À l’occasion du Astronomy Photographer of the Year Contest 2014, nous avons compilé les plus beaux clichés de la compétition : au programme, aurores boréales, éclipses, explosions d’étoiles, pluie de météorites et ébullitions solaires. Un panorama des plus belles images interstellaires est à découvrir dans la suite.
Photo by James Woodend/The Astronomy Photographer of the Year 2014 Contest « Aurora over a glacier lagoon”. A vivid green overheaded aurora pictured in Iceland’s Vatnajokull National Park reflected almost symmetrically in Jokulsrlon Glacier lagoon. A complete lack of wind and current combine in this sheltered lagoon scene to crete an arresting mirror effect giving the image a sensation of utter stillness. Despite this there is motion on a surprising scale, as the loops and arcs of the aurora are shaped by the shifting forces of the Earth’s magnetic field. James Woodend of Great Britain won the grand prize with the image, beating out more than 2,500 other entries. The Astronomy Photographer of the Year 2014 contest is judged by the Royal Observatory Greenwich and BBC Sky at Night magazine.
Photo by Marco Lorenzi, China/The Astronomy Photographer of the Year 2014 Contest “At the feet of Orion”. This image focuses on NGC 1999, below Orion’s belt. Deep Space category, Highly commended.
Photo by Chris Murphy, New Zealand/The Astronomy Photographer of the Year 2014 Contest “Coastal Stairways”. Rock formation in the Wairarapa district of New Zealand create a stark foreground and contrast to the dusty clouds dancing across the Milky Way. No light pollution and a clear, crisp night afford the photographer a fantastic opportunity for this superb image. Winner of the Sir Patrick Moore Prize fore Best Newcomer.
Photo by Eugen Kamenew, Germany/The Astronomy Photographer of the Year 2014 Contest “Hybrid Solar Eclipse 2”. A Kenyan landscape serves as the foreground for a solar eclipse. Winner in the People and Space category.
Photo by Tunc Tezel, Turkey/The Astronomy Photographer of the Year 2014 Contest “Diamond and Rubies”. Many features of the Sun only become apparent during total eclipses, when the Moon blocks the dazzling bright star from our view. This image depicts the Sun’s atmosphere as a diffuse white haze, and further in the Sun’s atmosphere appears in the red light of hydrogen. The photographer has captured the moment when a tiny part of the Sun’s disc shines out between the mountains on the edge of the Moon’s disc, creating an effect known as the “diamond ring”. Highly commended, Our Solar System category.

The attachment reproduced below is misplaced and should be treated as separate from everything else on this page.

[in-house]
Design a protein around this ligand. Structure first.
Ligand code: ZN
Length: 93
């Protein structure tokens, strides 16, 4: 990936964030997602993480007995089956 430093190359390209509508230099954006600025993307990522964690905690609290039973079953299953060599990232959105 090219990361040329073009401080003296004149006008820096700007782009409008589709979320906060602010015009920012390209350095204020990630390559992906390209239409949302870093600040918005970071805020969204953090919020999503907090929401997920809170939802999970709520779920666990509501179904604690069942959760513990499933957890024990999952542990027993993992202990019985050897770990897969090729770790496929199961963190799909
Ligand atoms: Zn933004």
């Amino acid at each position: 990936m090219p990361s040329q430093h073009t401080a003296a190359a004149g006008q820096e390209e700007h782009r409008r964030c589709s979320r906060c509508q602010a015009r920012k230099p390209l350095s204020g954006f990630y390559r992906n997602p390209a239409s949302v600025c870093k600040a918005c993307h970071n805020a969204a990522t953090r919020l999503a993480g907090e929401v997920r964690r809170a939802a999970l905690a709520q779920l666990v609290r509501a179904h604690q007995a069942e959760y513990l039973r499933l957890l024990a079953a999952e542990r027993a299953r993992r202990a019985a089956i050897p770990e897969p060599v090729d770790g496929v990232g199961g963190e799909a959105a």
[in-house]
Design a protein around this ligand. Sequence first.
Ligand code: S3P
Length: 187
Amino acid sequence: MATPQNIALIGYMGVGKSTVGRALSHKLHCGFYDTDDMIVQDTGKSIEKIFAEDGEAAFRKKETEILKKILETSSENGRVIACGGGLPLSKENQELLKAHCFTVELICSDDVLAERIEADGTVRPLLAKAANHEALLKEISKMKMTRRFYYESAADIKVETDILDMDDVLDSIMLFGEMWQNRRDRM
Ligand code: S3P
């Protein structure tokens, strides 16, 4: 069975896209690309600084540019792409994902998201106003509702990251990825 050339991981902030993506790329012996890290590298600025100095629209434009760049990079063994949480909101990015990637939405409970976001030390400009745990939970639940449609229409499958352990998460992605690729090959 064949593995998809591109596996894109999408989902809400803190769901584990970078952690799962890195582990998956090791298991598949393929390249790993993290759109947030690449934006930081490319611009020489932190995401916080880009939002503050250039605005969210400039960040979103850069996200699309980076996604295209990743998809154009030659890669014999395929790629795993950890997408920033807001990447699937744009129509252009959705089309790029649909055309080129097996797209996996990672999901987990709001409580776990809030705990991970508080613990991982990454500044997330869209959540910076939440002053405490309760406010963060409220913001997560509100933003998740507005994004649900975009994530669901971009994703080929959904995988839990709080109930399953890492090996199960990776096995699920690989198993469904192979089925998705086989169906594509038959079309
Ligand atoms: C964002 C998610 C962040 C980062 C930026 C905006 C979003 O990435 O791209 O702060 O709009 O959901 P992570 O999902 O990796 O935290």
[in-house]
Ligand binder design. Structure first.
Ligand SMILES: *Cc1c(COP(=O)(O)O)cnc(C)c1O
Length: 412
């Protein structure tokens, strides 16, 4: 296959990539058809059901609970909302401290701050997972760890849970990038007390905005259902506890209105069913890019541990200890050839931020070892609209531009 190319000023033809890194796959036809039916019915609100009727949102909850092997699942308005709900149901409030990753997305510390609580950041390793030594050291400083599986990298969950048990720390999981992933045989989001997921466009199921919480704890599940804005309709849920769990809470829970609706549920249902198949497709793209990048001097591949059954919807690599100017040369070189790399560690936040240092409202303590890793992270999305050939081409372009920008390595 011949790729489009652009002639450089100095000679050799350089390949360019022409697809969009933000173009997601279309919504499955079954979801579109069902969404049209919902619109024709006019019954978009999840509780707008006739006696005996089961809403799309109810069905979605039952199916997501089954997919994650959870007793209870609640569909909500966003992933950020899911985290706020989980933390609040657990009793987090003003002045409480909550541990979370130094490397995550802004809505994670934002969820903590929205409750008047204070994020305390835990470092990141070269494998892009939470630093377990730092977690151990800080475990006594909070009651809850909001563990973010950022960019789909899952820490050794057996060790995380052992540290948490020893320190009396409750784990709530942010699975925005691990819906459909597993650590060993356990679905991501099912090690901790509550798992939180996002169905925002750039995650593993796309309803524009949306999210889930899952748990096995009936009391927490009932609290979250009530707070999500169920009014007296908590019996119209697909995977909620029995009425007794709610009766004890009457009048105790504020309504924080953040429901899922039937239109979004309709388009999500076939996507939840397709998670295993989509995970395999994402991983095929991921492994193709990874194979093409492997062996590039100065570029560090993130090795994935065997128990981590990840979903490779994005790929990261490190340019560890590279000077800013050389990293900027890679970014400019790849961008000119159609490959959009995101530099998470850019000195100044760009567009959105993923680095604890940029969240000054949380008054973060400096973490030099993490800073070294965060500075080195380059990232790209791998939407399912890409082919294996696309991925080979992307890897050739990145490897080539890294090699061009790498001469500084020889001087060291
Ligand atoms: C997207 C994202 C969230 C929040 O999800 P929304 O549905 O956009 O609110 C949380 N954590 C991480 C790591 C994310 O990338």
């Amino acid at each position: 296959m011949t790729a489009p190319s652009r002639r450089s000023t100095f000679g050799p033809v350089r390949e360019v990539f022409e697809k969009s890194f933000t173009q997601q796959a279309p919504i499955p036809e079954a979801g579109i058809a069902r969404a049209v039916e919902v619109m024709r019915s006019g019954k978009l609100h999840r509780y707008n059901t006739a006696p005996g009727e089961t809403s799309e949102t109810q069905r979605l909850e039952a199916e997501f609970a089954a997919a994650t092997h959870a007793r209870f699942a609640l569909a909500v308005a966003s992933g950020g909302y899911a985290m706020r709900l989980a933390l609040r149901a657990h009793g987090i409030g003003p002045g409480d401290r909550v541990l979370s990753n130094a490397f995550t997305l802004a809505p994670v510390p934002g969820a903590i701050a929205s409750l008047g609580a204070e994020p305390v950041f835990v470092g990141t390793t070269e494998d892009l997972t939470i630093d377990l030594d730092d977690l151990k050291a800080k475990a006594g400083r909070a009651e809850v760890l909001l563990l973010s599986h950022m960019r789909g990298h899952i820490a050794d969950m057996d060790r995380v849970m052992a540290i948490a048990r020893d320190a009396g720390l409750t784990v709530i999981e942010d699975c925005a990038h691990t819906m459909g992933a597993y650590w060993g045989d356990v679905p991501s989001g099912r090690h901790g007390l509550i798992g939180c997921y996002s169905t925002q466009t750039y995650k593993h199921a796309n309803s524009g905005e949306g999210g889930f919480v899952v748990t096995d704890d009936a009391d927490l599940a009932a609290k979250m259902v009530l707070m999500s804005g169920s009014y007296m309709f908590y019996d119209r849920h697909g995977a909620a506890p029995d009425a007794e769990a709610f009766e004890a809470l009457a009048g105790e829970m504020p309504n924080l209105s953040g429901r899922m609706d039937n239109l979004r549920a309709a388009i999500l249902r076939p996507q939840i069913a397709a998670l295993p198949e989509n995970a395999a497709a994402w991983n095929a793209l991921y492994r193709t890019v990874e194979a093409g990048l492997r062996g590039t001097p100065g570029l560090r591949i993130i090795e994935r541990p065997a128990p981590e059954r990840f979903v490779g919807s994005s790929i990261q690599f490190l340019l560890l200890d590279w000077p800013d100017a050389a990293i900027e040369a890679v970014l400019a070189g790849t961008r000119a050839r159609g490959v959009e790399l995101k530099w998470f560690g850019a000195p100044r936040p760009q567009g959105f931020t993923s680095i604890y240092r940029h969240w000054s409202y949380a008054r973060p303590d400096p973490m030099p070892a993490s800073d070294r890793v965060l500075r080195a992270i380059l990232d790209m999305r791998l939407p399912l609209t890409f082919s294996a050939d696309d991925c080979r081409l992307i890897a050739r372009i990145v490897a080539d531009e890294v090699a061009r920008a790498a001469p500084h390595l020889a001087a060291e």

Photo by Julie Fletcher, Australia/The Astronomy Photographer of the Year 2014 Contest “Lost Souls”. The zodiacal light seems to rise from the horizon like a pyramid with the brilliant point of Venus at its apex. Comprised of sunlight scattered and diffused by tiny grains of dust that drift between the planets, this pale feature marks out the plane of the Solar System. The stillness of the skies contrasts with the transience of the science below, with its shifting human figures reflected in the temporary waters of Kati Thanda-Lake Eyre. Runner up, People and Space category.
Photo by Patrick Cullis, USA/The Astronomy Photographer of the Year 2014 Contest “Moon balloon”. Poised on the brink of space, this astonishing shot shows the curvature of the Earth with the towering Rocky Mountains reduced to tiny wrinkles on the surface below. Taken with the aid of a high altitude balloon, launched from Boulder, Colorado, the photographer captures the breath-taking view of the Earth from 87,000 feet about its surface. The tiny dot of the Moon pictured in the distance emphasizes the vast expanase between our plante and its nearest cosmic neighbor. Highly commended in the Earth and Space category.
Photo by Bill Snyder, USA/The Astronomy Photographer of the Year 2014 Contest “The Horsehead Nebula”. The photo of the Horsehead Nebula includes the folds of illuminated gases below the well-known formation. Winner in the Deep Space category.
Photo by O Chul Kwon, South Korea/The Astronomy Photographer of the Year 2014 Contest “Venus-Lunar Occulation”. In 2012, O Chul Kwon succeeded in his goal of photographing a Venus- Lunar Occulation with this stunning time-lapse image over Mount Hamkaek in South Korea; an ambition he had held since seeing the phenomenon in 1989. The photograph shows us what happens when the Moon and Venus appear the occupy the same position in the sky. Venus becomes temporarily hidden by theMoon, only to re-emerge in less than an hour, highlighting the relatively quick apparent motion of the latter through our skies as it makes its 27.3 day orbit around the Earth. Spectacular occupations can be viewed from locations on Earth several times throughout the year. Highly commended in the Earth and Space category.